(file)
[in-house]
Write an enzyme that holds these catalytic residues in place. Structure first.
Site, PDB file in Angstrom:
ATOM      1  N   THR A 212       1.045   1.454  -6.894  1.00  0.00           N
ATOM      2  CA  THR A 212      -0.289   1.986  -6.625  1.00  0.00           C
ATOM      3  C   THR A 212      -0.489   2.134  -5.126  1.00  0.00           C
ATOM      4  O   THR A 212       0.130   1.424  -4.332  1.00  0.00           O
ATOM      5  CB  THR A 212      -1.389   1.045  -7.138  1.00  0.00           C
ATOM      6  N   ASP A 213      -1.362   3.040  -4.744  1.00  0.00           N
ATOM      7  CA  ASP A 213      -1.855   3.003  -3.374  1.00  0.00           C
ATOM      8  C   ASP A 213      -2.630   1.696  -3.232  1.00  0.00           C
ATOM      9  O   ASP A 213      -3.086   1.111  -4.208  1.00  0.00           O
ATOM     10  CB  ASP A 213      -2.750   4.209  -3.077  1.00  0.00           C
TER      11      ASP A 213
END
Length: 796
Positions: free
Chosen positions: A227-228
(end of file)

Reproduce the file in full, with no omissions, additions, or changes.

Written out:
[in-house]
Write an enzyme that holds these catalytic residues in place. Structure first.
Site, PDB file in Angstrom:
ATOM      1  N   THR A 212       1.045   1.454  -6.894  1.00  0.00           N
ATOM      2  CA  THR A 212      -0.289   1.986  -6.625  1.00  0.00           C
ATOM      3  C   THR A 212      -0.489   2.134  -5.126  1.00  0.00           C
ATOM      4  O   THR A 212       0.130   1.424  -4.332  1.00  0.00           O
ATOM      5  CB  THR A 212      -1.389   1.045  -7.138  1.00  0.00           C
ATOM      6  N   ASP A 213      -1.362   3.040  -4.744  1.00  0.00           N
ATOM      7  CA  ASP A 213      -1.855   3.003  -3.374  1.00  0.00           C
ATOM      8  C   ASP A 213      -2.630   1.696  -3.232  1.00  0.00           C
ATOM      9  O   ASP A 213      -3.086   1.111  -4.208  1.00  0.00           O
ATOM     10  CB  ASP A 213      -2.750   4.209  -3.077  1.00  0.00           C
TER      11      ASP A 213
END
Length: 796
Positions: free
Chosen positions: A227-228